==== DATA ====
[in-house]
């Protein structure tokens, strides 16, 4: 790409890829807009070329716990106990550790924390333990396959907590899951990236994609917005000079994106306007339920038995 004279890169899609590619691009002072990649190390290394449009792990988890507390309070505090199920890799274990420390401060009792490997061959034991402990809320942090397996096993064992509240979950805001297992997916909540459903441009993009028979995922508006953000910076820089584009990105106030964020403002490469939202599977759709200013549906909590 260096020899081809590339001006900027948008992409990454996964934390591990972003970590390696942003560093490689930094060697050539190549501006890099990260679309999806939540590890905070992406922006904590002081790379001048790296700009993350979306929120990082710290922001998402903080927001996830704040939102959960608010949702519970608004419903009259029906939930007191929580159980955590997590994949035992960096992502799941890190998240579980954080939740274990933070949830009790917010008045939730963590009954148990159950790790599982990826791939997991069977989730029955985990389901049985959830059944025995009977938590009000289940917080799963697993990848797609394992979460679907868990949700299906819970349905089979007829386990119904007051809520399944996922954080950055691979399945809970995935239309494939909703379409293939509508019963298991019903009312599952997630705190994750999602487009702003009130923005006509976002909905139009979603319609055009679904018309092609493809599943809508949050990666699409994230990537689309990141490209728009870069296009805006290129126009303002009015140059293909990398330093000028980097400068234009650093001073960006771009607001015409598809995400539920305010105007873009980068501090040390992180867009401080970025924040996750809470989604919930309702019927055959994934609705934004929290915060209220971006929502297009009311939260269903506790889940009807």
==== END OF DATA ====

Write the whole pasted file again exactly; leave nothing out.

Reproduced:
[in-house]
């Protein structure tokens, strides 16, 4: 790409890829807009070329716990106990550790924390333990396959907590899951990236994609917005000079994106306007339920038995 004279890169899609590619691009002072990649190390290394449009792990988890507390309070505090199920890799274990420390401060009792490997061959034991402990809320942090397996096993064992509240979950805001297992997916909540459903441009993009028979995922508006953000910076820089584009990105106030964020403002490469939202599977759709200013549906909590 260096020899081809590339001006900027948008992409990454996964934390591990972003970590390696942003560093490689930094060697050539190549501006890099990260679309999806939540590890905070992406922006904590002081790379001048790296700009993350979306929120990082710290922001998402903080927001996830704040939102959960608010949702519970608004419903009259029906939930007191929580159980955590997590994949035992960096992502799941890190998240579980954080939740274990933070949830009790917010008045939730963590009954148990159950790790599982990826791939997991069977989730029955985990389901049985959830059944025995009977938590009000289940917080799963697993990848797609394992979460679907868990949700299906819970349905089979007829386990119904007051809520399944996922954080950055691979399945809970995935239309494939909703379409293939509508019963298991019903009312599952997630705190994750999602487009702003009130923005006509976002909905139009979603319609055009679904018309092609493809599943809508949050990666699409994230990537689309990141490209728009870069296009805006290129126009303002009015140059293909990398330093000028980097400068234009650093001073960006771009607001015409598809995400539920305010105007873009980068501090040390992180867009401080970025924040996750809470989604919930309702019927055959994934609705934004929290915060209220971006929502297009009311939260269903506790889940009807």